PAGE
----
C. **Algebraical Functions.** The results of the preceding sections, together with Theorem (6) of § 113, enable us to obtain the derivative of any explicit algebraical function whatsoever.

The most important such function is \(x^{m}\), where \(m\) is a rational number. We have seen already (§ 117) that the derivative of this function is \(mx^{m-1}\) when \(m\) is an integer positive or negative; and we shall now prove that this result is true for all rational values of \(m\). Suppose that \(y = x^{m} = x^{p/q}\), where \(p\) and \(q\) are integers and \(q\) positive; and let \(z = x^{1/q}\), so that \(x = z^{q}\) and \(y = z^{p}\). Then \[\frac{dy}{dx} = \biggl(\frac{dy}{dz}\biggr) \bigg/ \biggl(\frac{dx}{dz}\biggr) = \frac{p}{q} z^{p-q} = mx^{m-1}.\]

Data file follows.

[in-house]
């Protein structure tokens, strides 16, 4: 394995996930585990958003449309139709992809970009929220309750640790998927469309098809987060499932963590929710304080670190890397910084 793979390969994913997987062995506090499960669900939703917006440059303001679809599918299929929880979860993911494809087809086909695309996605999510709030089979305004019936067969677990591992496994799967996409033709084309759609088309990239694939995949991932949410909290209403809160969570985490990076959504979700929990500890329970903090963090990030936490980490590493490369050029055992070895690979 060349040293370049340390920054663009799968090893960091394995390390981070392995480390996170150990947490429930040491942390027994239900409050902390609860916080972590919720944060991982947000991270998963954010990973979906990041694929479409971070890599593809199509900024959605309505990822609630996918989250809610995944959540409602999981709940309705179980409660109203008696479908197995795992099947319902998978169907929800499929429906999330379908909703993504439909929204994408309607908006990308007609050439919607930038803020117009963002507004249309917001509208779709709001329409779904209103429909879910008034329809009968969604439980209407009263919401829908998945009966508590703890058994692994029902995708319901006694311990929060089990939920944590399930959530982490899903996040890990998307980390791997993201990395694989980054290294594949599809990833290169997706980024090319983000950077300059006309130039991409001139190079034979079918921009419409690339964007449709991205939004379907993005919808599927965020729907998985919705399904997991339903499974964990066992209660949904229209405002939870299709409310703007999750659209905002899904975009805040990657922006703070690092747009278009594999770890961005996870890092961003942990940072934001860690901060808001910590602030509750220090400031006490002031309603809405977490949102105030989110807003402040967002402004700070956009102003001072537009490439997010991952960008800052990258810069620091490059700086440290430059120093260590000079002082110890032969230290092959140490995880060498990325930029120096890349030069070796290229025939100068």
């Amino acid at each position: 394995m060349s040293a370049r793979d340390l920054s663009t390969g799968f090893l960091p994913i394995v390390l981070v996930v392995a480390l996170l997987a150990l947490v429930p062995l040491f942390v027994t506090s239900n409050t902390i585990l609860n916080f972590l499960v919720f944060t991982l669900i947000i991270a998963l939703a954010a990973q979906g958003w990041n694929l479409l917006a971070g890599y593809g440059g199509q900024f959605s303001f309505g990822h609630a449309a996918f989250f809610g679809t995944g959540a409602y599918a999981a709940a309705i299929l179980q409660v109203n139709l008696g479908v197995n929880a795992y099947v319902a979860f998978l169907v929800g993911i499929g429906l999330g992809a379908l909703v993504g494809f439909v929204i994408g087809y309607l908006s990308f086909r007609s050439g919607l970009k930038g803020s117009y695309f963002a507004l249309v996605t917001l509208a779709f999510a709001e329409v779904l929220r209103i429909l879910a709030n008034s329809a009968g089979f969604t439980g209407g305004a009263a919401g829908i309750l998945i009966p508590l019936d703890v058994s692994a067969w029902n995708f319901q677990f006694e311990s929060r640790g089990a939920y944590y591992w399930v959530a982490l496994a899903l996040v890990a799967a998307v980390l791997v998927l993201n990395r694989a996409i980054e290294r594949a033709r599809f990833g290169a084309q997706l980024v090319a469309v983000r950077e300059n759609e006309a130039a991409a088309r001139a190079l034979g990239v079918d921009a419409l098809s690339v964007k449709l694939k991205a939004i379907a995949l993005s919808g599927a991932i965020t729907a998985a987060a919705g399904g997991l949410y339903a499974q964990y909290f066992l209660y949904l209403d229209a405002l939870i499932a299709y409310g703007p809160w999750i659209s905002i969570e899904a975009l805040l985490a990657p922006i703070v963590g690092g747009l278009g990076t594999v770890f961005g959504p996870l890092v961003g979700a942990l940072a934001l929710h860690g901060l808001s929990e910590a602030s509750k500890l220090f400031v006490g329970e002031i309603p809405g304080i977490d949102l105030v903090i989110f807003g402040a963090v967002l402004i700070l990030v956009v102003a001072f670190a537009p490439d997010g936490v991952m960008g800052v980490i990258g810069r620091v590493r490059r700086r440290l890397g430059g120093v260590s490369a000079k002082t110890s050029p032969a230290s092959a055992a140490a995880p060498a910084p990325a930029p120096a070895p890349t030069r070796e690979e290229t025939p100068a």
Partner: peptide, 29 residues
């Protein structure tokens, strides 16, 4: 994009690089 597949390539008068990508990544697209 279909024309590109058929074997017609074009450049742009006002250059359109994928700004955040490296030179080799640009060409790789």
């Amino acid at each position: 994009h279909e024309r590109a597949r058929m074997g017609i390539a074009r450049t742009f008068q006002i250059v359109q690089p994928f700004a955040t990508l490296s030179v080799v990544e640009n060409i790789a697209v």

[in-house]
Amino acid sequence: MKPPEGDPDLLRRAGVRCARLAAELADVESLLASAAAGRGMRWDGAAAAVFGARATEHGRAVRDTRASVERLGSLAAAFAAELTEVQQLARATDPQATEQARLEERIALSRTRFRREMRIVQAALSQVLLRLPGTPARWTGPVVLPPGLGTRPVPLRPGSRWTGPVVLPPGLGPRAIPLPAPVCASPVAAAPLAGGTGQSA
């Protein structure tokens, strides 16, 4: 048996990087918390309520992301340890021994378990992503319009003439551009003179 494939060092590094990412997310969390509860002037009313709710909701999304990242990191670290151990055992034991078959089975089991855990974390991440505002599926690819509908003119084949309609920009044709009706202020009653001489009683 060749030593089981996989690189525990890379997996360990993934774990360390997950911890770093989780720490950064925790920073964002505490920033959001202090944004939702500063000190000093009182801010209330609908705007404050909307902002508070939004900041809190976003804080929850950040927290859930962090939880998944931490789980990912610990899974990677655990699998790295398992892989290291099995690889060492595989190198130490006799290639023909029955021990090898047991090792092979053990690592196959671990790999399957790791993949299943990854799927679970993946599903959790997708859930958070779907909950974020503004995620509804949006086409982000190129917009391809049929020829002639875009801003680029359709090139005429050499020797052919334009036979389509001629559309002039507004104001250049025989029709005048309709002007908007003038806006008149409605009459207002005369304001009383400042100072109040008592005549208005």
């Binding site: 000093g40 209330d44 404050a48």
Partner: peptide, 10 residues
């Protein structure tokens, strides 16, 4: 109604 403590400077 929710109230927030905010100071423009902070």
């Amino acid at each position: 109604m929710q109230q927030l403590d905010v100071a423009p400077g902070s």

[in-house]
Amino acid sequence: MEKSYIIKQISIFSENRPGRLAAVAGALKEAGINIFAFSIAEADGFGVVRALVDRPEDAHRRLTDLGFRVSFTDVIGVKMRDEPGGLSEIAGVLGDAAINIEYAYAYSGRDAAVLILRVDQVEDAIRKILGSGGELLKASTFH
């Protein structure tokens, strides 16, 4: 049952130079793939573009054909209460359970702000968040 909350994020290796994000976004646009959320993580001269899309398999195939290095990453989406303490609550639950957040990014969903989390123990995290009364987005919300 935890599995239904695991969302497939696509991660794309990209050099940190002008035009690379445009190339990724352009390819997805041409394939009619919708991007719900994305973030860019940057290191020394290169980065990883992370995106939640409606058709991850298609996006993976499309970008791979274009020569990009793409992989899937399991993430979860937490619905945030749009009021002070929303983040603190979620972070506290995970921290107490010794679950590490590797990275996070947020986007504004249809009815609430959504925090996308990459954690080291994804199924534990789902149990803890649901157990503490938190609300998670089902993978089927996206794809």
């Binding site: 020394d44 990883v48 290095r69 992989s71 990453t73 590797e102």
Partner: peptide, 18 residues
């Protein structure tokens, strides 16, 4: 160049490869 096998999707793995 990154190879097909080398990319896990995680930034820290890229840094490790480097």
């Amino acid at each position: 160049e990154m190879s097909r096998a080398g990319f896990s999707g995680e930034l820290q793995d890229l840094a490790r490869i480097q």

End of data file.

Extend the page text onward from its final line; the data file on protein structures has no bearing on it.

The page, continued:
This result may also be deduced as a corollary from Ex. XXXVI. 3. For, if \(\phi(x) = x^{m}\), we have \[\begin{aligned} \phi'(x) &= \lim_{h \to 0} \frac{(x + h)^{m} – x^{m}}{h}\\ &= \lim_{\xi \to x} \frac{\xi^{m} – x^{m}}{\xi – x} = mx^{m-1}.\end{aligned}\] It is clear that the more general formula \[\frac{d}{dx} (ax + b)^{m} = ma(ax + b)^{m-1}\] holds also for all rational values of \(m\).

The differentiation of *implicit* algebraical functions involves certain theoretical difficulties to which we shall return in Ch. VII. But there is no practical difficulty in the actual calculation of the derivative of such a function: the method to be adopted will be illustrated sufficiently by an example. Suppose that \(y\) is given by the equation \[x^{3} + y^{3} – 3axy = 0.\] Differentiating with respect to \(x\) we find \[x^{2} + y^{2} \frac{dy}{dx} – a\left(y + x \frac{dy}{dx}\right) = 0\] and so \[\frac{dy}{dx} = -\frac{x^{2} – ay}{y^{2} – ax}.\]

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